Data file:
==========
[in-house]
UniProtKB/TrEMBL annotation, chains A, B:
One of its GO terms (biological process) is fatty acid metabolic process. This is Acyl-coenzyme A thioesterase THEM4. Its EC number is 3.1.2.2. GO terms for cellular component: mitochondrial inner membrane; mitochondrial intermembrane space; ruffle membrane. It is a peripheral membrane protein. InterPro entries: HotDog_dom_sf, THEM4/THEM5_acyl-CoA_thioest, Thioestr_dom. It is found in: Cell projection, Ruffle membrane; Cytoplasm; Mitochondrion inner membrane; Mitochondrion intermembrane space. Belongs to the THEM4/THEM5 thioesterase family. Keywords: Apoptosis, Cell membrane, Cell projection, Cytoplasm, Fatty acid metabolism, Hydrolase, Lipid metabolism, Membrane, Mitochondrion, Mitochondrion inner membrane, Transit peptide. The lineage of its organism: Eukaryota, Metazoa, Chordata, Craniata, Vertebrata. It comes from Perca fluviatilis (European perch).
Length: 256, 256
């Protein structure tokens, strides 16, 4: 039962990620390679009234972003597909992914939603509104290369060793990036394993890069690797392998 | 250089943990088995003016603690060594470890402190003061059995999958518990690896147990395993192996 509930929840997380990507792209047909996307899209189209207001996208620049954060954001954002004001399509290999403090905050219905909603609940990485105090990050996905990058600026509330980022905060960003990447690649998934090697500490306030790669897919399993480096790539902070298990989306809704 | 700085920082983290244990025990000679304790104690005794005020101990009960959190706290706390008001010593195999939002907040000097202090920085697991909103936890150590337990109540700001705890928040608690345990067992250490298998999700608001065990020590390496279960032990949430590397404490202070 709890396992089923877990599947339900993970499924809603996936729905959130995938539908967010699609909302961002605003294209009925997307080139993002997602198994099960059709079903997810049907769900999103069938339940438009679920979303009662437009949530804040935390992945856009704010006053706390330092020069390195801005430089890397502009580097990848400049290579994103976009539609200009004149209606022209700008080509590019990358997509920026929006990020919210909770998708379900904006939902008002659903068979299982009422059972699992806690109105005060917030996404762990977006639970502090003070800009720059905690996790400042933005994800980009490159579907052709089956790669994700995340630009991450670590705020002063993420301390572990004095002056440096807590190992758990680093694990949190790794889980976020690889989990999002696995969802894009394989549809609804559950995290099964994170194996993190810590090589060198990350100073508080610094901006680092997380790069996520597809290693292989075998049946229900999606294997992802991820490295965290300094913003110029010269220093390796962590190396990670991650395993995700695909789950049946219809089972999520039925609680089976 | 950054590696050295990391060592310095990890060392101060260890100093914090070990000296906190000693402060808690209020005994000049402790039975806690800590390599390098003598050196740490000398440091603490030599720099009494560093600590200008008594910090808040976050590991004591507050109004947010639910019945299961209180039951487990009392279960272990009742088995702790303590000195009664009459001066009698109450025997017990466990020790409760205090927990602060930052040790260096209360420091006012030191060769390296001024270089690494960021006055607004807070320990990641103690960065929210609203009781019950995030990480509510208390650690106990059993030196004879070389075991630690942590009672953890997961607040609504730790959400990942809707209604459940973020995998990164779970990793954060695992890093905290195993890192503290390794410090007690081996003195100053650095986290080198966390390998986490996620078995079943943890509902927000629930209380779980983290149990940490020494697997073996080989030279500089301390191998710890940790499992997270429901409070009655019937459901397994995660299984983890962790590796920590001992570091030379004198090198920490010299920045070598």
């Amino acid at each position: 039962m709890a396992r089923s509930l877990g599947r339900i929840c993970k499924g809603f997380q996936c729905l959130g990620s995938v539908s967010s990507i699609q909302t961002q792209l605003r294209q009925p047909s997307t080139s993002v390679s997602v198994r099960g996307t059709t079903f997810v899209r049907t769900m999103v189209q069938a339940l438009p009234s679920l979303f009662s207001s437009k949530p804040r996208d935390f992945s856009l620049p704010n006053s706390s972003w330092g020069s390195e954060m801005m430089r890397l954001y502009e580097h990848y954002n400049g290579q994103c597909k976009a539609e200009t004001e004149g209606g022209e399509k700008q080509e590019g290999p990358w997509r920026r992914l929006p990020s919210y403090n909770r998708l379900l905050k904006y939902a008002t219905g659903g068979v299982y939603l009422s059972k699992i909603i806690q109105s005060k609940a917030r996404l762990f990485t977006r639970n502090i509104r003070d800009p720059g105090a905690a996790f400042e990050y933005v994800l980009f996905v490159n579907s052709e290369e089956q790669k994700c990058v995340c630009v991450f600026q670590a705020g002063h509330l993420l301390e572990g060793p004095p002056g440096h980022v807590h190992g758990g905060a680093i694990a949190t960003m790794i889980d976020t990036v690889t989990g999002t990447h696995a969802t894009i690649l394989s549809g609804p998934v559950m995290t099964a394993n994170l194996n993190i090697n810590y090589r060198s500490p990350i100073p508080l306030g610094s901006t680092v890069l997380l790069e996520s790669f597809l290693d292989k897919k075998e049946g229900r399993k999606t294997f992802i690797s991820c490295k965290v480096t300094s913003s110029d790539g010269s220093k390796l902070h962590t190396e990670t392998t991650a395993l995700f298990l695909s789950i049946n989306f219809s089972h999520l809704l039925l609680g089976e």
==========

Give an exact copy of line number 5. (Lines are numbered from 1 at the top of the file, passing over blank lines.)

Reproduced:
């Protein structure tokens, strides 16, 4: 039962990620390679009234972003597909992914939603509104290369060793990036394993890069690797392998 | 250089943990088995003016603690060594470890402190003061059995999958518990690896147990395993192996 509930929840997380990507792209047909996307899209189209207001996208620049954060954001954002004001399509290999403090905050219905909603609940990485105090990050996905990058600026509330980022905060960003990447690649998934090697500490306030790669897919399993480096790539902070298990989306809704 | 700085920082983290244990025990000679304790104690005794005020101990009960959190706290706390008001010593195999939002907040000097202090920085697991909103936890150590337990109540700001705890928040608690345990067992250490298998999700608001065990020590390496279960032990949430590397404490202070 709890396992089923877990599947339900993970499924809603996936729905959130995938539908967010699609909302961002605003294209009925997307080139993002997602198994099960059709079903997810049907769900999103069938339940438009679920979303009662437009949530804040935390992945856009704010006053706390330092020069390195801005430089890397502009580097990848400049290579994103976009539609200009004149209606022209700008080509590019990358997509920026929006990020919210909770998708379900904006939902008002659903068979299982009422059972699992806690109105005060917030996404762990977006639970502090003070800009720059905690996790400042933005994800980009490159579907052709089956790669994700995340630009991450670590705020002063993420301390572990004095002056440096807590190992758990680093694990949190790794889980976020690889989990999002696995969802894009394989549809609804559950995290099964994170194996993190810590090589060198990350100073508080610094901006680092997380790069996520597809290693292989075998049946229900999606294997992802991820490295965290300094913003110029010269220093390796962590190396990670991650395993995700695909789950049946219809089972999520039925609680089976 | 950054590696050295990391060592310095990890060392101060260890100093914090070990000296906190000693402060808690209020005994000049402790039975806690800590390599390098003598050196740490000398440091603490030599720099009494560093600590200008008594910090808040976050590991004591507050109004947010639910019945299961209180039951487990009392279960272990009742088995702790303590000195009664009459001066009698109450025997017990466990020790409760205090927990602060930052040790260096209360420091006012030191060769390296001024270089690494960021006055607004807070320990990641103690960065929210609203009781019950995030990480509510208390650690106990059993030196004879070389075991630690942590009672953890997961607040609504730790959400990942809707209604459940973020995998990164779970990793954060695992890093905290195993890192503290390794410090007690081996003195100053650095986290080198966390390998986490996620078995079943943890509902927000629930209380779980983290149990940490020494697997073996080989030279500089301390191998710890940790499992997270429901409070009655019937459901397994995660299984983890962790590796920590001992570091030379004198090198920490010299920045070598």